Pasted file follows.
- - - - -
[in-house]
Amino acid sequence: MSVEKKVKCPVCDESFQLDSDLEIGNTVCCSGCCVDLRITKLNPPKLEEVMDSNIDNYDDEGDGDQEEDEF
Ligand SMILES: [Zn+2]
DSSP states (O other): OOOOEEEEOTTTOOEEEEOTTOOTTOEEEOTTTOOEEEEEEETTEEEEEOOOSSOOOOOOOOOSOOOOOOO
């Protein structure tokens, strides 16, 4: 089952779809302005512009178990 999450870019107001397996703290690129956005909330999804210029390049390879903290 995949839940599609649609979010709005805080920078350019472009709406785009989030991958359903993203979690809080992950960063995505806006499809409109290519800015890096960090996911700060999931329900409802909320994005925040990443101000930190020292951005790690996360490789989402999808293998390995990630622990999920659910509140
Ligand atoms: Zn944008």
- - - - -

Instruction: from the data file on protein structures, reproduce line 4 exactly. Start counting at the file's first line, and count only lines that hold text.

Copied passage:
DSSP states (O other): OOOOEEEEOTTTOOEEEEOTTOOTTOEEEOTTTOOEEEEEEETTEEEEEOOOSSOOOOOOOOOSOOOOOOO